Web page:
Diet plan: Here is what your kid should eat


Diet plan: Here is what your kid should eat

If you are a parent, you are familiar with the struggle of making your fussy child gulp down a glass of milk loaded with taste enhancers; sneak in healthy vegetables in dishes and push them to eat fruits; blackmail them into eating another serving of rice or an added chapati. The struggle doesn’t end there. You have to ensure they have enough water in a day to keep their bowel movements strong. With so much on the plate (literally!) it’s possible for mothers to miss out on a lot of healthy ingredients that should ideally be a part of their kids’ diet. Here we decode your little one’s dietary needs…

What goes wrong?

The brain reaches full development stage by the age of five. From the age of five, the child’s physical growth starts for which proper blood circulation and iron supplements are necessary.

“Parents nowadays go easy on their children’s diets. The normal diet of children comprises processed foods like biscuits, sandwiches noodles (both refined and fried), candies, and chocolates. Excess of refined foods and trans-fats in children’s diet harms their physical development at an early age. Children do not get proper vitamins and important nutritional constituents. This is also the reason there is an increase in cases of gastrointestinal problems and other gut-related issues. Children report lower count of D3 (for Bones), B3 (neuralgia), B12 (Muscles) and iron.”

Start with a healthy breakfast

Kids these days are always on the move, right from sports training to schools and their day ends with tuition classes and training for extracurricular activities. This type of schedule definitely can drain any kid out of their energy.

Essential nutrients for your kids: Dos and don’ts

A child should eat four full meals in a day. The diet should essentially comprise of fresh fruit juices, probiotic curds and vegetables in the form of juices and purees. This should be supplemented with chapatis and parathas. Emphasis should be placed on everyday consumption of sprouts and beans whose nutritional strength and immunization enhancing power has been endorsed and recommended by the World Health Organization (WHO).

Here are the essential nutrients for your kids:

Grains: Grains are an essential part of a healthy diet, that offers nutrients and energy for a child’s normal growth and development. You must include a wide variety of whole grains and/or high fiber varieties of pieces of bread, cereals, rice, pasta, noodles, and oats.

Fruits and Vegetables: They are rich in colored pigments, water, vitamins, and minerals and are also good sources of fiber, sans high calories. A child should consume 5 portions of fruits and vegetables every day.

Fats and oils: They are an essential part of your kid or teen’s diet as they play an important role in the development of your kid’s brain, helping them in reaching their maximum growth potential. Fat is used in our body as fuel and helps the body absorb the fat-soluble vitamin A, D, E and K. Fatty foods are often associated with overweight, obesity, heart disease, and stroke but eating the right fats can provide the body with health benefits. Get your oils from fish, nuts, avocados, and liquid oil such as corn oil, soybean oil, olive oil, and canola oil.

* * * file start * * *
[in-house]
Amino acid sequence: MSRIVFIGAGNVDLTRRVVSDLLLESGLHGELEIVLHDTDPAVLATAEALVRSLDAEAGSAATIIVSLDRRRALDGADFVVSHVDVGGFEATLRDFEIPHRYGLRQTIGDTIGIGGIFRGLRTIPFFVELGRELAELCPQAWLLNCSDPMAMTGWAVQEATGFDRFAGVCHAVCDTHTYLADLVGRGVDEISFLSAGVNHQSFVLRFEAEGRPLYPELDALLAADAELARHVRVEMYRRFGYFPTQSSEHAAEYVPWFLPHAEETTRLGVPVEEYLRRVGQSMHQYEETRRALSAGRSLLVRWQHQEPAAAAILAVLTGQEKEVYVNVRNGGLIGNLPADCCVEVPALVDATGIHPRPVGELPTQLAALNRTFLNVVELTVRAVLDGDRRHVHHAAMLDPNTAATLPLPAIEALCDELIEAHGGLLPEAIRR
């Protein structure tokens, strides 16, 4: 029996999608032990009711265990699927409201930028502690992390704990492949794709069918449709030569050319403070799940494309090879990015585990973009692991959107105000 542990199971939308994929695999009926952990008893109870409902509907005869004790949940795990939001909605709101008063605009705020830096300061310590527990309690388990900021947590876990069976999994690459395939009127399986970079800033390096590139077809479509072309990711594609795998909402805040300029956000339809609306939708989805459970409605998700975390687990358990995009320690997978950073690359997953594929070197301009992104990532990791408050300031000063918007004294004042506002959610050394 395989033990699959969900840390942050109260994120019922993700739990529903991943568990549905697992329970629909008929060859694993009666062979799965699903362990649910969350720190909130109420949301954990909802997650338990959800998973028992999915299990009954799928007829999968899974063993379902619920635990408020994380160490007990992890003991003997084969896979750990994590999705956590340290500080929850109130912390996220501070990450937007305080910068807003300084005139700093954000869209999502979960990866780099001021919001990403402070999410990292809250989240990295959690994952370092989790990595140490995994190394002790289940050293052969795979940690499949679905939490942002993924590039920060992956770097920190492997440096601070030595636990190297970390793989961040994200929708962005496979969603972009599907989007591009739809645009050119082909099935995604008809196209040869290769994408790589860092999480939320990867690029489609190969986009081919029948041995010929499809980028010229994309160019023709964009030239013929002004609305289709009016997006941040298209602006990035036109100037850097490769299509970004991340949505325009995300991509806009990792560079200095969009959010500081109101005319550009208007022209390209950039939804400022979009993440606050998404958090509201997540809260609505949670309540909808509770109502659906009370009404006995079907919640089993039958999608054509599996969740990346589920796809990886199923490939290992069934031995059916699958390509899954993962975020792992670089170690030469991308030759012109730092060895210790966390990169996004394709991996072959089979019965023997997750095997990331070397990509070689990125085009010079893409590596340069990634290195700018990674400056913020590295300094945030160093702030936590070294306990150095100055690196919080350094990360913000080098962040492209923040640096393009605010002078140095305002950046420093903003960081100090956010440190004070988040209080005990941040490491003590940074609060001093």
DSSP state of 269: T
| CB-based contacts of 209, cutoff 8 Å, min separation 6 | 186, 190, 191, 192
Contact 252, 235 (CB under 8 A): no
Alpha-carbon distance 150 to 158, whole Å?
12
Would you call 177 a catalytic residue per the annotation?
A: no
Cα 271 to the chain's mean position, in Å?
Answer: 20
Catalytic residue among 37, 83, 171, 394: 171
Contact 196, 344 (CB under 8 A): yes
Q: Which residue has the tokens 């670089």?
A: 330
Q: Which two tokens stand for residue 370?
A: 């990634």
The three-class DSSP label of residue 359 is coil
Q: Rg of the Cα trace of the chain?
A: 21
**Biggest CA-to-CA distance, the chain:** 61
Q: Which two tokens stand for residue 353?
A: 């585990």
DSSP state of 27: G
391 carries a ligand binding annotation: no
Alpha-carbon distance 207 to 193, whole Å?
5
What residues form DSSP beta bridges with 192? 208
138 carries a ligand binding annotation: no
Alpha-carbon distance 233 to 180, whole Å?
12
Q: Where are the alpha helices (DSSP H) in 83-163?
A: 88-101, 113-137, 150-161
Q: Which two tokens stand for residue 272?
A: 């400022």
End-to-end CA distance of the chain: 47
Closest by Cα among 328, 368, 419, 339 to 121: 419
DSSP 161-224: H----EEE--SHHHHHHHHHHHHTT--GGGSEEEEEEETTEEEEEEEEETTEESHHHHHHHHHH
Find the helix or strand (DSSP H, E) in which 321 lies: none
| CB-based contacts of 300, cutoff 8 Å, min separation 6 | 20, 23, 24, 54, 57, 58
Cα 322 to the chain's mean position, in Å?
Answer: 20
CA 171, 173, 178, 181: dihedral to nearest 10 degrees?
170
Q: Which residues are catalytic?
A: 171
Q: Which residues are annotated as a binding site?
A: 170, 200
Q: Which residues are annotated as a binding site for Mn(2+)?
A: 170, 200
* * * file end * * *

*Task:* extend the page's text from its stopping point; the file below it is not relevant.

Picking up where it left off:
Milk and dairy products: They are an excellent source of Vitamin A, D, B1, B2, and B12 and minerals particularly calcium. This is especially important for children and adolescents. A good bone balance can be achieved during childhood and teenage years if borrowing from the bones is minimized and daily calcium needs are met.

How much milk does your child need?

How much milk does your child need?

Does your kid suffer from ‘Hidden Hunger’?

Ever heard of hidden hunger? Your child may be suffering from it. “Sometimes foods may appear to be adequately nutritious and may be thought to provide sufficient carbohydrates, fats, and protein, but they may, in fact, be lacking in certain micronutrients. What we may presume is a food rich in nutrients may not be so. A diet, which may apparently seem nutritious enough may sometimes lack in important micronutrients. Children fed on these diets may therefore actually have deficiencies of vital micronutrients, and may therefore be ‘hungry’ in a certain sense. Not being apparent, this hunger is referred to as Hidden Hunger.” The most alarming bit is that this keeps children from achieving their physical and mental potential.

Diet during illness

Never starve the child during illness. Feed them energy-rich cereal-pulse diets with milk and mashed vegetables. Feed small quantities at frequent intervals. Give plenty of fluids during illness. Use oral rehydration solution to prevent dehydration during diarrhoeal episodes.

Here is a sample meal plan by NICK  Lead Nutritionist, Truweight for growing children between the age of 5 – 12 years.

Waking up: A glass of warm low fat milk 

Breakfast: Vegetable egg omelet with onion, tomato, spinach, whole grain bread slices, one apple 

Mid Morning: Fruit salad with strawberry flavored low-fat yoghurt 

Lunch: Lean chicken- capsicum-onion -zucchini stir fry - whole grain roll, mango lassi 

Evening: Spinach- mushroom-peas cutlet, a handful of almonds, fresh mixed fruit juice (Apple Guava, lime) 

Dinner: Whole multigrain phulkas, dal, paneer-peas-mushroom mixed vegetable curry. 

Bed time: A glass of warm low fat milk

Caution: Nick feels that one can do away with wheat completely from a kid’s diet. “It contains gluten which makes intestines sticky and hard to pass food through them. Many kids are today diagnosed of being gluten intolerant and it’s better to remove wheat from the diet.”

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